I received a phone call yesterday while I was driving home from work. The news was not unexpected, but nevertheless, it was not easy to hear. My Grandfather, a member of the group of Americans Tom Brokaw dubbed The Greatest Generation, passed away.
Brokaw defines “the greatest generation” as American citizens who came of age during the Great Depression and the Second World War and went on to build modern America. My Grandfather exemplified everything that generation stood for. He served in the greatest war our world has ever witnessed, he was a business owner, he was a farmer, he was a husband and father. In short, he was like millions of other Americans from his generation.
My Grandfather grew up in Evanston, IL during the Great Depression. By all accounts he was poor, but probably no poorer than most people in those times. During the onset of WWII he enlisted in the Navy. He proudly served as a crew chief maintaining fighter aircraft on the USS Nehenta Bay, an aircraft carrier that served in the Pacific. Though he was never one to talk much about his time in the service, I managed to coax a few stories out of him (though not until after I myself had joined the military). He shared a few stories of the strafing runs their aircraft went on and how one of his pilots never returned to the aircraft carrier. He also told of surviving a kamikaze attack during the final months of the Pacific Campaign. The resulting attack damaged the USS Nehenta Bay and scuttled two of the USS Nehenta Bay’s sister ships. But mostly, he talked about the things all military veterans talk about – the card games, pranks, practical jokes, camaraderie, and the pride that comes from serving your country. He never questioned serving and never asked “why?” or “what if?” It was a job that he and millions of others of his generation were called to.
After the war my Grandfather settled in California. He was a mechanic by trade and eventually owned and operated a service station – back when the people at gas stations pumped your gas, topped off your fluids, washed your windows, filled your tires with air and served you an 8 oz. Coke in a glass bottle – all for about a buck. His service station was also a repair shop and he worked on cars, motorbikes, and small engines. My father worked there for a short time while he was attending college.
Several years later my grandfather sold the service station and bought a working farm where he and my Grandmother raised chickens, rabbits, and Appaloosas, a breed of horse known for their spotted coloring. I vividly remember gathering fresh eggs for breakfast when I was a kid. Their farm also featured an orchard with a multitude of fruit bearing trees – apple, cherry, plum, walnut, pomegranate and fig. Last fall my wife and I took a Mediterranean cruise for our honeymoon. On one of our excursions we stopped for lunch in a Medieval town in the Luberon villages of the Aix-en-Provence region of France. The town was perched on a small hill overlooking grape vineyards. After our lunch my wife and I took a stroll through the cobbled streets and at one point I had a fleeting moment of deja vu. I couldn’t place the memory and a few moments later it struck again. A sweet scent took me away and I looked up and saw a fig tree. The smell of fresh figs combined with the weather and the scenery brought back wonderful childhood memories – stories that I was able to share with my wife.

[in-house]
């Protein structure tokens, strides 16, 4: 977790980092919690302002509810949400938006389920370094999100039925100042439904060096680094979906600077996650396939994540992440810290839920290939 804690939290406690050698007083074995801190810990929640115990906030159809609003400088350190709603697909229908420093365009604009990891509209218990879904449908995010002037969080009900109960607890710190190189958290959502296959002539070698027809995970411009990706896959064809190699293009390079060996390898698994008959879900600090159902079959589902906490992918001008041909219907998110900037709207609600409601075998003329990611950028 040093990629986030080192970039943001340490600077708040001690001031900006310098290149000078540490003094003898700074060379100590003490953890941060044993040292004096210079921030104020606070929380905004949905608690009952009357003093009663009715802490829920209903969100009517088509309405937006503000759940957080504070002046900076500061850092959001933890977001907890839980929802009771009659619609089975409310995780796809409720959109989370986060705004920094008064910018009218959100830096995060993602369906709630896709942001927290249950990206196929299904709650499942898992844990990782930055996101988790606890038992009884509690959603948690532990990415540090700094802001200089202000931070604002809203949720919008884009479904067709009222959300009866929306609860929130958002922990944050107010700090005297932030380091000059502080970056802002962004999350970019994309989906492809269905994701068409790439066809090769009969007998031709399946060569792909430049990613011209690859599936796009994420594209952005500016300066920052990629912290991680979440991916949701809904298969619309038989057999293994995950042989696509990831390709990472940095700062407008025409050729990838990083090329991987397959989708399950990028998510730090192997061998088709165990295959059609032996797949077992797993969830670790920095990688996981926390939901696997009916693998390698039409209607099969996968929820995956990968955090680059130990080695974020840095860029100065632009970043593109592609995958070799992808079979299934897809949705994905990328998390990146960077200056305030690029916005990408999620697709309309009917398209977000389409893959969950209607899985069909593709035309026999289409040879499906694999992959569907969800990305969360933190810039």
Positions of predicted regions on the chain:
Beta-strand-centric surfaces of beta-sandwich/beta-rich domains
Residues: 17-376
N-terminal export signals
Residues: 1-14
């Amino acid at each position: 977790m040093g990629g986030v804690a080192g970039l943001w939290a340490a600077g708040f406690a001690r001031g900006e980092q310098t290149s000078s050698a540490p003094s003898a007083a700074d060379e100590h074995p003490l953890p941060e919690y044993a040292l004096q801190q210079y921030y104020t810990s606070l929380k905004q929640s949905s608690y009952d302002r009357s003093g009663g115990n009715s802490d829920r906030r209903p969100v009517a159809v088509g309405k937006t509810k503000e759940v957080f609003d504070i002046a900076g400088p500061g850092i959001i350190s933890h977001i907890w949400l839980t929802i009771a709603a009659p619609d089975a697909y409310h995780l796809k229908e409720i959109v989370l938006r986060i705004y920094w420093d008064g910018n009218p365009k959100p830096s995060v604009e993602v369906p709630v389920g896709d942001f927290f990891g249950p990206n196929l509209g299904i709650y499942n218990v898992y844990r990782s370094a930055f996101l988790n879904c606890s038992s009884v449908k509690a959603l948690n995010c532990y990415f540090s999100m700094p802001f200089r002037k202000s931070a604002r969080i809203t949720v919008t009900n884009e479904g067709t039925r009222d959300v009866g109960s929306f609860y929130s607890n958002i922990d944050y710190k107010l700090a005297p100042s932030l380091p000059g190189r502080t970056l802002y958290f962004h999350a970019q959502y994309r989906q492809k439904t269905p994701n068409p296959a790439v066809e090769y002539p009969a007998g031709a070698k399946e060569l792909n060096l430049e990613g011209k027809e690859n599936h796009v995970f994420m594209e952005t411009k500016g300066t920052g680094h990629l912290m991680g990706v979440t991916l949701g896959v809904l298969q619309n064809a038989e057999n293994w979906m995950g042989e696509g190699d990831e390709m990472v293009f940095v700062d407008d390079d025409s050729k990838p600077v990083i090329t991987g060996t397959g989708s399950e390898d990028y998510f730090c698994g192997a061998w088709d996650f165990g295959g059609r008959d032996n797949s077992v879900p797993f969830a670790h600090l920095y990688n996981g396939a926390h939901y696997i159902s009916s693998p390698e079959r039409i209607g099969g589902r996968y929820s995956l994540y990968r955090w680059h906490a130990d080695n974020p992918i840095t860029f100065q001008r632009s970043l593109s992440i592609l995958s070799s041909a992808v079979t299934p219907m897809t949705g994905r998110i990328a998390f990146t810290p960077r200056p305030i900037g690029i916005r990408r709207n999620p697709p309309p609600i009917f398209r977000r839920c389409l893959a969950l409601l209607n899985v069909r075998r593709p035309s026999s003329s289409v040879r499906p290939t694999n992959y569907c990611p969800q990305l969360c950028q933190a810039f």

I was almost 7 when my family relocated from California to Alabama for my Dad’s job. I saw less of my Grandparents from that point, but they always remained in our lives. Shortly after we moved to Alabama my Grandparents sold the farm and moved to a smaller home that was situated by a small private lake in the middle of gold country – far away from the big cities and the bright lights. My grandfather had a small, 2 person sailboat and a couple canoes. He gardened and fished and tinkered in his shop all day. I have fond memories of visiting my Grandparents and spending the summer with my brothers rowing across the lake and fishing and raising the kind of trouble that boys are known to do when left alone. Some nights we camped out under the stars. You’ll never again seen so many stars as you will see camping under the naked sky in the foothills of the Sierra Nevada. The Milky Way sweeps across the sky and shooting stars add an exclamation point to the end of your day. Those summers lasted forever – but were never long enough.
As time went by, so did my Grandfather’s strength. The house by the lake became too much for him to take care of, so he and my Grandmother relocated once again to a smaller home that required less upkeep. He gardened, volunteered with the local Sheriff’s office, and remained active in the community. For my Grandfather’s 80th birthday, my Grandmother surprised him with a birthday party and a special gift. I flew out to California and escorted him to Washington, DC, where we met up with my brother, a US Marine, and my cousin, a Soldier in the US Army – the three grandchildren veterans of the War on Terror. Together, the four of us represented all four branches of the US Military. During our trip to DC we visited the newly opened WWII Memorial. We also took in parts of the Smithsonian, the Mall, and saw the White House. At age 80 my Grandfather was still a trooper and kept pace with his 3 grandchildren, even though his body was slowed by the onset of Parkinson’s disease. Though the trip only lasted a few days, I know it had a profound affect on him and was a memory he looked upon fondly. It is also one I will remember the rest of my life.
My Grandfather was not a perfect man, but he was a good man. He loved and was loved in return. He was a Son, and a Husband. He was a Father and a Grandfather. He was a Sailor and a Mechanic, a Farmer and a Business owner. He was an American and a member of the Greatest Generation. My grandfather passed away yesterday at age 84. And I will miss him.